Crikey O’Riley. There’s now just one day to go until I take my first steps onto the Te Araroa. I’m sitting in my friend’s Auckland apartment, looking out over Mission Bay. This afternoon I’ll catch a flight to the South Island for
the Journey to Bluff. Next time I pass through Auckland I’ll smell mostly of shrubbery and look decidedly more feral. I’m thinking Forest Gump meets Stig of the Dump, with a side helping of Robinson Crusoe.
An extra layer to the cake
You all know I’m hugely passionate about using my adventure-jaunts as a platform to inspire kids to get outside, and get exploring (and if you didn’t know that, then you do now – magic). Memories of excited little faces listening to tales from the road, and the endless ‘ooooing’ and ‘arrrraring’ at gadgets spilling from my oversized pack, are what get me out of the tent on even the darkest days. I’d always intended to place an even greater emphasis on that mission for this journey, and school visits are the main reason I’m taking 5 months to travel through a country that could be hop-skipped in almost half that time. But I’ve now officially decided to go supersize on this trip’s ass. To see if I can use the run as a direct way to give some kids the chance to go on an adventure of their very own.
I’ve partnered with The Superhero Foundation, and (I could be biased) but we’ve come up with a rather good idea. I’ll set off tomorrow with the with the aim of giving 60 disadvantaged kids in the UK the opportunity to go on a life changing outdoor education course. The outdoor learning programme we’ve chosen will connect the outdoors with education in a way that has real impact. It’ll help the kids become more confident and capable at school, college and at work, and above all, give them a shot at an adventure – when they wouldn’t have otherwise had the chance.
The more money we manage to raise through this journey, the more kids I can send on that course. And the cherry on the cake? I’m going to be right next to them on as they learn, once I’m back in the UK. I can’t tell you how ruddy happy I am about it.
If this gets you feelin’ all warm n’ fuzzy and you’d like to throw some spondoolies in once I’m underway, you can do that here. Or if you’re screaming ‘Heck yeah!!’ at the top of your lungs (who wouldn’t be) and you’d like to do your own challenge in the next 6 months as a fundraising off-shoot for the foundation, well, I might just have to find you and give you a massive high-five and a hug all at once. And find you I will.
If you happen to be reading this and are a Kiwi, don’t be thinking I’m not going for some give-back NZ side too. I’m working on how to replicate the outdoors education goodness down-under as well. Deets on that one to follow.
Back to the here and now…
The Fear Factor
I have a far healthier relationship with fear this time around. In fact, I’d almost forgotten to be frightened until I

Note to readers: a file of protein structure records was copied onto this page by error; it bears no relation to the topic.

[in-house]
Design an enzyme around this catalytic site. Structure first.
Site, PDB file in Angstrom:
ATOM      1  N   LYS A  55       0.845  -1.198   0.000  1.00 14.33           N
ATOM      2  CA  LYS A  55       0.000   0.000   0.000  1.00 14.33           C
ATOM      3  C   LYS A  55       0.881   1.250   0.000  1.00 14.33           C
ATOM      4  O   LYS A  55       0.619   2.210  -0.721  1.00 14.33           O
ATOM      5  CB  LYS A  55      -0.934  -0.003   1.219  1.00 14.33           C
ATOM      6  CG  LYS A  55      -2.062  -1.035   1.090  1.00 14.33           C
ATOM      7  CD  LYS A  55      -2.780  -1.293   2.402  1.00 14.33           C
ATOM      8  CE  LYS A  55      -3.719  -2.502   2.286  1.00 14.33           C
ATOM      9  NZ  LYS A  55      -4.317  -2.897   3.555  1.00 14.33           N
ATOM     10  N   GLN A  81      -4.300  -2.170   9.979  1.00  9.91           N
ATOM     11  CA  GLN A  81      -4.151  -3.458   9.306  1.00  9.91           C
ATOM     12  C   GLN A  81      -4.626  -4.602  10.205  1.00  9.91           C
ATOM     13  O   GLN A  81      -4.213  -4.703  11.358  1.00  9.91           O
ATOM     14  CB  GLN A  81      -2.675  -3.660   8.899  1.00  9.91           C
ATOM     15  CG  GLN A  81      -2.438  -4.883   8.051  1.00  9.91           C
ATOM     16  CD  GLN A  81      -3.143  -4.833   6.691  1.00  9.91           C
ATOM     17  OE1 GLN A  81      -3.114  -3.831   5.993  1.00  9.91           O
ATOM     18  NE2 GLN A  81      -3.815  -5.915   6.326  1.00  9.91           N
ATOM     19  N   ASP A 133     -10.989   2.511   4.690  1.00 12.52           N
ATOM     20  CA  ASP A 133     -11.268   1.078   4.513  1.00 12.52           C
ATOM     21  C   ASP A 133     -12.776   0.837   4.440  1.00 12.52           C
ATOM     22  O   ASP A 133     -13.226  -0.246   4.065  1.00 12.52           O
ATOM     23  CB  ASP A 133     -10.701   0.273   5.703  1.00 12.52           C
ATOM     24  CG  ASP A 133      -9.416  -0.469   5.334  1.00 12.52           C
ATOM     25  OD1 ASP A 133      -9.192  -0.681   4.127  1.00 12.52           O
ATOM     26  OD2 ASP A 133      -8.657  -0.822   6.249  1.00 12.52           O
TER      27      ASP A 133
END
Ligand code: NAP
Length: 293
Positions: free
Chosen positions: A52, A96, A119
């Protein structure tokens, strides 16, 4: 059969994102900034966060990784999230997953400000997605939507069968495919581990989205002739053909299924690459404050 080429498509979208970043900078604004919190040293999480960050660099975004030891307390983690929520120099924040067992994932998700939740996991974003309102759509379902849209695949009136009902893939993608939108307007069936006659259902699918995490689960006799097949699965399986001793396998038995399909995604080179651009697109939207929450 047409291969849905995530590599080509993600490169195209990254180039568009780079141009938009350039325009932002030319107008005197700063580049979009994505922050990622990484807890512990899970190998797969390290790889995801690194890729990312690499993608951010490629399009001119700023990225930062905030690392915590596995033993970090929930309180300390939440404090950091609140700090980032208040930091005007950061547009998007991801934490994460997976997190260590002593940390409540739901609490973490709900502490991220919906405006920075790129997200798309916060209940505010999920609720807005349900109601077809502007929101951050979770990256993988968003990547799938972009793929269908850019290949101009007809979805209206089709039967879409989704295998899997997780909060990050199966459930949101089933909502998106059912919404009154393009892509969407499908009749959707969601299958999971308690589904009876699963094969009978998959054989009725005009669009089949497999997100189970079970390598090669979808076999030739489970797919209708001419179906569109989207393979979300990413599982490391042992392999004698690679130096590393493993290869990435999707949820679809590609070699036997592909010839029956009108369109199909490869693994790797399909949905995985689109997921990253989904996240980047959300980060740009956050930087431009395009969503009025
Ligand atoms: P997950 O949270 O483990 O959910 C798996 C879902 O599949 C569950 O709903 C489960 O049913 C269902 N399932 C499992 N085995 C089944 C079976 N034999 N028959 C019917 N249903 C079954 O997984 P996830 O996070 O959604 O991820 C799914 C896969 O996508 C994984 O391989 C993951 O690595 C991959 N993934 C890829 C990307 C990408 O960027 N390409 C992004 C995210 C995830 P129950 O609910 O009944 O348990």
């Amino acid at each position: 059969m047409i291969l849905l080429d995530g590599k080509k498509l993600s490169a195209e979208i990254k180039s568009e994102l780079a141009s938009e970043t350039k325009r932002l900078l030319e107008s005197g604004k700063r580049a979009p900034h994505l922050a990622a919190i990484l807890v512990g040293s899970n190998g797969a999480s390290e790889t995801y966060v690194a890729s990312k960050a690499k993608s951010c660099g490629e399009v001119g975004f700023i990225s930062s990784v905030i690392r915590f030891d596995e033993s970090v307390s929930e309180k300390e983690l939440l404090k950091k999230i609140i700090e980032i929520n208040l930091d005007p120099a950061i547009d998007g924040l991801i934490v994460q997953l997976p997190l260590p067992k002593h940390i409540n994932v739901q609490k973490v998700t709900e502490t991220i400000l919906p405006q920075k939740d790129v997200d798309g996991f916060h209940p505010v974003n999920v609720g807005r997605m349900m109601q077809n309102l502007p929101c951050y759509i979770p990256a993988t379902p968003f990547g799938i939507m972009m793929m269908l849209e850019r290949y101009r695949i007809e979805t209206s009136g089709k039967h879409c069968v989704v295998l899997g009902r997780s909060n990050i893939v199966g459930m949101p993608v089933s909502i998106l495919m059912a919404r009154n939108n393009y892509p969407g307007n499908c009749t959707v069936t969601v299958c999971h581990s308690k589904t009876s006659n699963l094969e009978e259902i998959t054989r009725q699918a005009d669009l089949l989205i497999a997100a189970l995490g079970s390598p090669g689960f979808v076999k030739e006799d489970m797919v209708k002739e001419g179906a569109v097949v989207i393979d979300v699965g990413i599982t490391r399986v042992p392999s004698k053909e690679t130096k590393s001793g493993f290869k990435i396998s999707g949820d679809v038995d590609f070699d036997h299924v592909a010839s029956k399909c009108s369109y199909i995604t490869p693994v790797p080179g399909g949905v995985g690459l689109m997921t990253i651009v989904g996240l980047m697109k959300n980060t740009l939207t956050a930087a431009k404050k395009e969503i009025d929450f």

actually left the UK. Then again, what is there to be frightened of, really? For the most part, fear makes no sense. The things you’re frightened of never pan out as they appear in your imagination (that would make you
psychic after all). And the instances which are actually scary, occur with almost little or no warning. And when they do, you’re so busy dealing with them, that you’re a little too pre-occupied to be frightened. So Really, and if you think about it logically, fear only exists in your imagination. Get it? Got it. Good.
That said, I’ll level with you – I am absolutely wetting myself. More so than the US ride. The number of unknowns on this journey are just that little bit greater. Am I worried I won’t make it? Yes. Do I have concerns that running with a backpack is the most stupid idea ever? Of course. Do I wake up at 2am wondering whether I’m going to wind up stranded and alone on a high mountain pass? Naturally. But here’s the thing. I would always rather live my life at the brink of failure, than in the comfort of assured success. And so to the brink I’ll go.
So, how am I feeling, right now?
My stomach is doing summersaults. The only way to describe it is like I’m standing on the edge of a a gigantic river gorge, wearing one of those Red Bull style squirrel suits (other brands are available). I look good in it, naturally. In fact I’m thinking I might wear it more often. The important part being that I’m about to hurl myself off of that edge and surrender to a turbulent and unpredictable swoop through the beautiful landscape below. I feel sick with nerves and am insanely happy all at once.
As one of my favourite speeches from Jim Carey goes:
“Life is about telling the Universe what you want, working towards it, and letting go of how it comes to pass.”
The Universe has been notified. I wish to go on a big fat hairy balls-out no holds barred adventure, and to pump as much possible goodness back into the world along the way. Now, all that remains is to let go. To zip up my suit, take the deepest of breaths, and to jump.